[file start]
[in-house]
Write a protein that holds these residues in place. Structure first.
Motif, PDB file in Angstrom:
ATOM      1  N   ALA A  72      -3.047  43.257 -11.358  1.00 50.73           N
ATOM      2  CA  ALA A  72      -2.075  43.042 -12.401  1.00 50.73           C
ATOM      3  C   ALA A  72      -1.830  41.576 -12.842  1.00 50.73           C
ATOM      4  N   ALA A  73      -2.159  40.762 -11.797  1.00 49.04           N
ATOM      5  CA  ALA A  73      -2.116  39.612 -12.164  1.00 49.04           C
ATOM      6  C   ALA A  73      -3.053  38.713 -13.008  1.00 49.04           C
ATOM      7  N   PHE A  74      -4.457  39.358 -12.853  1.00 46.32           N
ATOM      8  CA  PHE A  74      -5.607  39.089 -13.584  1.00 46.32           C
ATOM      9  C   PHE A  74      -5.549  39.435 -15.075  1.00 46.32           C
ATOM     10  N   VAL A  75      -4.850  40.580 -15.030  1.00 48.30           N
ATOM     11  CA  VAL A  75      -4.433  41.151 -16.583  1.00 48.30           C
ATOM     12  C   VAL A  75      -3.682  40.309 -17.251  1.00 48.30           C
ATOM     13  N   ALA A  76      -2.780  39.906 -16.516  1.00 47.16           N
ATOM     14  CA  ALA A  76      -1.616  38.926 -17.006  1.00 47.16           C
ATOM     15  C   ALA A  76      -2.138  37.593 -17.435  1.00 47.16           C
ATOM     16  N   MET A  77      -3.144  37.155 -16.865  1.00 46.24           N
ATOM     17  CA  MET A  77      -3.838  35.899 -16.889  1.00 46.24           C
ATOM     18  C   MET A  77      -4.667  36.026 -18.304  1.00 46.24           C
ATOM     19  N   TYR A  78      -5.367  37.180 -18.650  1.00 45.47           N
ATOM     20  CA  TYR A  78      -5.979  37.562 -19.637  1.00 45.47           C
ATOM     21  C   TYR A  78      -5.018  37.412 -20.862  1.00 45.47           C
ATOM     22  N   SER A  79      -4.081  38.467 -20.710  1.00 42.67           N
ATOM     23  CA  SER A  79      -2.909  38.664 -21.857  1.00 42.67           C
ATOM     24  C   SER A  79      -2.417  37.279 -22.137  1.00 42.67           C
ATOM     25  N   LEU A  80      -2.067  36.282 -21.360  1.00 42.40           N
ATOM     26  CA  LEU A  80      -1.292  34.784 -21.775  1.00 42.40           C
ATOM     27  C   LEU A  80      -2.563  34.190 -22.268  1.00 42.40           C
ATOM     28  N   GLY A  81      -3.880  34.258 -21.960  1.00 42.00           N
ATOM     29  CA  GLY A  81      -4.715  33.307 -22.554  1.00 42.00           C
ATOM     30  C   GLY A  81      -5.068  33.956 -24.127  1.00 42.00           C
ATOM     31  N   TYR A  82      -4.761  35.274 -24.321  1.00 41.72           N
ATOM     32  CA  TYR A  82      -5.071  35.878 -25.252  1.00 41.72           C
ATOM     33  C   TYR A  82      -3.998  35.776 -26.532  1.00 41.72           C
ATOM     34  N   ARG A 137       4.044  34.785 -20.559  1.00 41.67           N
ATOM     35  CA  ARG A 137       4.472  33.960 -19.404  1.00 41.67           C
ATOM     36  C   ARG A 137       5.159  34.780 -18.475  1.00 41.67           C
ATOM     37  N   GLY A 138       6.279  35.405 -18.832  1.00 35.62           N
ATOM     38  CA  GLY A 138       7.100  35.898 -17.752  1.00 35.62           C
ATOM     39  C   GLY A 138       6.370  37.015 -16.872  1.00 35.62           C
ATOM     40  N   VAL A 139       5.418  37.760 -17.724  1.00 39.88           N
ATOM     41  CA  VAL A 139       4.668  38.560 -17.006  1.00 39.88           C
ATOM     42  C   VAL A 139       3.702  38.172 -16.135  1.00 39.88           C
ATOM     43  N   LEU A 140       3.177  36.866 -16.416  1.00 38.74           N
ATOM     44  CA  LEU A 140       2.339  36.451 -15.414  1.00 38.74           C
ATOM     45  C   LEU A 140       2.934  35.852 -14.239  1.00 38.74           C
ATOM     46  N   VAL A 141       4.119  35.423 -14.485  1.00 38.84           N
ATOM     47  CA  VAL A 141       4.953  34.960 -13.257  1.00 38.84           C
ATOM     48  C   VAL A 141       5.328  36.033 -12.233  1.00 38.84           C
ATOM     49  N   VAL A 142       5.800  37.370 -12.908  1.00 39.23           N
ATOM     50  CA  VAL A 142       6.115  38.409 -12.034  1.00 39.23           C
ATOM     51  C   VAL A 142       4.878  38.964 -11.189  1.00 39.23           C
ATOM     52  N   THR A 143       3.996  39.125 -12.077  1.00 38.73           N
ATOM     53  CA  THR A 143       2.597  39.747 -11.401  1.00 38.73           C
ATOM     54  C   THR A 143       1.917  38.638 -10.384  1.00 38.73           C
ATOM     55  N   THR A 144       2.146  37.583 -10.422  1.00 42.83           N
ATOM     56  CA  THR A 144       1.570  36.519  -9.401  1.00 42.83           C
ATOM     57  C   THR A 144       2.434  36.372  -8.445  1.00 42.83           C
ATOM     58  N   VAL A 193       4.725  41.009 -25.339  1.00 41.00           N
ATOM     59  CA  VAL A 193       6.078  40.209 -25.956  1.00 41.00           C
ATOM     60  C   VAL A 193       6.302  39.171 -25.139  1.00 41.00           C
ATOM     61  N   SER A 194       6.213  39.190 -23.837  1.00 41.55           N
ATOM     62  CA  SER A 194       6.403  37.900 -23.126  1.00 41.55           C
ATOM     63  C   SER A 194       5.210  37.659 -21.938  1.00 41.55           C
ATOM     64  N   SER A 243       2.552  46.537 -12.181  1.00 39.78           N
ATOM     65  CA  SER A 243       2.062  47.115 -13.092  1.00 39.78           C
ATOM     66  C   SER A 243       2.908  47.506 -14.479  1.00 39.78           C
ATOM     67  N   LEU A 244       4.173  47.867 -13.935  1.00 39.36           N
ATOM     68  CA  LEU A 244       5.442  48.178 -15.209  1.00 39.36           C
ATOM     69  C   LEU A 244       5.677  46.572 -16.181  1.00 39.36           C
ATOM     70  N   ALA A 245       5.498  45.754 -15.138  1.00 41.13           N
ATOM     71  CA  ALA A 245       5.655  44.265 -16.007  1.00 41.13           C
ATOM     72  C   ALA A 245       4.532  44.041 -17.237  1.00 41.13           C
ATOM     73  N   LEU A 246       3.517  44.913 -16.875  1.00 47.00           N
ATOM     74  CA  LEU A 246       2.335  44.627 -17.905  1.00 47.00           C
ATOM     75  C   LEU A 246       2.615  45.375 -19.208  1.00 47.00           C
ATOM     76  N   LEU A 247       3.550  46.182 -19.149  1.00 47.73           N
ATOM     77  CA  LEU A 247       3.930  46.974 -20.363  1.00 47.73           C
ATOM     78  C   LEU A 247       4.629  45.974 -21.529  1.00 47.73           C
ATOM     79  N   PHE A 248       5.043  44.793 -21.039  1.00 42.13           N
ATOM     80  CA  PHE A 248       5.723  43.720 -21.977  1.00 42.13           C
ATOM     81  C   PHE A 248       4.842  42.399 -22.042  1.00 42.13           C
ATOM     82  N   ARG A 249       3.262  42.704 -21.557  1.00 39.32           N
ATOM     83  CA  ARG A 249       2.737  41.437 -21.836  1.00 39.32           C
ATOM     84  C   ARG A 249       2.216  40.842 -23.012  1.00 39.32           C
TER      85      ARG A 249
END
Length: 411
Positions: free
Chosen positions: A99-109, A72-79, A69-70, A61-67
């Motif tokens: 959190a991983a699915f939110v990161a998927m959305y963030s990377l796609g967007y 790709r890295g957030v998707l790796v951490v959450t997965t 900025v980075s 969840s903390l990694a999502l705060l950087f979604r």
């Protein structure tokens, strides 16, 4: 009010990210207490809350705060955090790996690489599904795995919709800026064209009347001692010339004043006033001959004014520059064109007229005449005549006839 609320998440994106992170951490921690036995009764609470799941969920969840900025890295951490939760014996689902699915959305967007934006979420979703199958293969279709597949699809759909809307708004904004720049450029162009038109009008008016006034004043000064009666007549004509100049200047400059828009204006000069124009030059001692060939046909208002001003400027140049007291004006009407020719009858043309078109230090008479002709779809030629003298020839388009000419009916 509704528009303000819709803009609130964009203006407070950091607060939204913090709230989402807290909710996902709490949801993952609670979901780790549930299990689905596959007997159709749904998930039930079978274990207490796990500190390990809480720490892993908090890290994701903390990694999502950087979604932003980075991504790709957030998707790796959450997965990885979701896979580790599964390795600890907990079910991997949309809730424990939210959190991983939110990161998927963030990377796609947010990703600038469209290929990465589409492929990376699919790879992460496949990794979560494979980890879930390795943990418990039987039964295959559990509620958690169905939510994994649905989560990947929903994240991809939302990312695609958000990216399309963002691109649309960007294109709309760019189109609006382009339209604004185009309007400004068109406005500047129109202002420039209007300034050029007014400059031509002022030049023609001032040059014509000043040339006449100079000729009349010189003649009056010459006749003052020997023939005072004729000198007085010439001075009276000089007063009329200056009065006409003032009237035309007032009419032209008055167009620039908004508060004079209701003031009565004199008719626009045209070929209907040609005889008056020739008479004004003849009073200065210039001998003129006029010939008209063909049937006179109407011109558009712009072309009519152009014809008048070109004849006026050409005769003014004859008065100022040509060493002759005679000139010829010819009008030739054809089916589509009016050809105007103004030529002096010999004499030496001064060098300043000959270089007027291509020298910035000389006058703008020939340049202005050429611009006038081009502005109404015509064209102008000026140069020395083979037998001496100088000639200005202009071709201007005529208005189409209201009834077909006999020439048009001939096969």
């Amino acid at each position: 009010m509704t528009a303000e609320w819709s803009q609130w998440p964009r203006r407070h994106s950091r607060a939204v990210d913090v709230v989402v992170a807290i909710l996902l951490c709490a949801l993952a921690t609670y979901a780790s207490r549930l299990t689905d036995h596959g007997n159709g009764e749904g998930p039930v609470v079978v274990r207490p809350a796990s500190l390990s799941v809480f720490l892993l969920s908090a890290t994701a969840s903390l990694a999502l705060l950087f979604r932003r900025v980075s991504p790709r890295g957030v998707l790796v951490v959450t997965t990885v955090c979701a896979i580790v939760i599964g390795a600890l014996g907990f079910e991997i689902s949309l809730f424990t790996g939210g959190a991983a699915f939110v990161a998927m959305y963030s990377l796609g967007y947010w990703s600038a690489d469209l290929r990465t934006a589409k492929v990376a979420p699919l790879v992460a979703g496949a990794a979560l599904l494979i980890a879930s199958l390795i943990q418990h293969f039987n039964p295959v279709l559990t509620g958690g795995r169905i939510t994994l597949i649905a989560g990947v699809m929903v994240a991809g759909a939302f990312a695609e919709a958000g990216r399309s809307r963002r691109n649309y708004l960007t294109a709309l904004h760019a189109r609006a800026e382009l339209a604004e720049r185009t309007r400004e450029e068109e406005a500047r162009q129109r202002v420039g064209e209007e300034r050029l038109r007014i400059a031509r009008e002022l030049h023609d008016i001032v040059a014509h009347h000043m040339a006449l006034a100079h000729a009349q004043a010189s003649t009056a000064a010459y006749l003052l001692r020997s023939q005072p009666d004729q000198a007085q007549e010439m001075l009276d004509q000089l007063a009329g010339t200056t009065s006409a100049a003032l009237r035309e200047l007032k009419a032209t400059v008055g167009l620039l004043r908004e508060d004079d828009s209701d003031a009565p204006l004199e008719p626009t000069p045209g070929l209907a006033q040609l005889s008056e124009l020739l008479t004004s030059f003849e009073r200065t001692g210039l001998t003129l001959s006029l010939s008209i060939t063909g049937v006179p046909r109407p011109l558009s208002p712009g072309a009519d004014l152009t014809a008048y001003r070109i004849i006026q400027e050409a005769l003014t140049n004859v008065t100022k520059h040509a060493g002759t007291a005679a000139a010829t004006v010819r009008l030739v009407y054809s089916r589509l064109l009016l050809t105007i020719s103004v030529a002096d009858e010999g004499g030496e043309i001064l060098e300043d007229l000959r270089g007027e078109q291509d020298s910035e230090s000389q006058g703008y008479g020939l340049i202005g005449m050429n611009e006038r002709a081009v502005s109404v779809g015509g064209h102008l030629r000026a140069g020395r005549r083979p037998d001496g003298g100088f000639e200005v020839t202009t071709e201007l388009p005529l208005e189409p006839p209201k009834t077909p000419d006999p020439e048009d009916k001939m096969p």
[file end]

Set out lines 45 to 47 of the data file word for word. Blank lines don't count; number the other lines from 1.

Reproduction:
ATOM     42  C   VAL A 139       3.702  38.172 -16.135  1.00 39.88           C
ATOM     43  N   LEU A 140       3.177  36.866 -16.416  1.00 38.74           N
ATOM     44  CA  LEU A 140       2.339  36.451 -15.414  1.00 38.74           C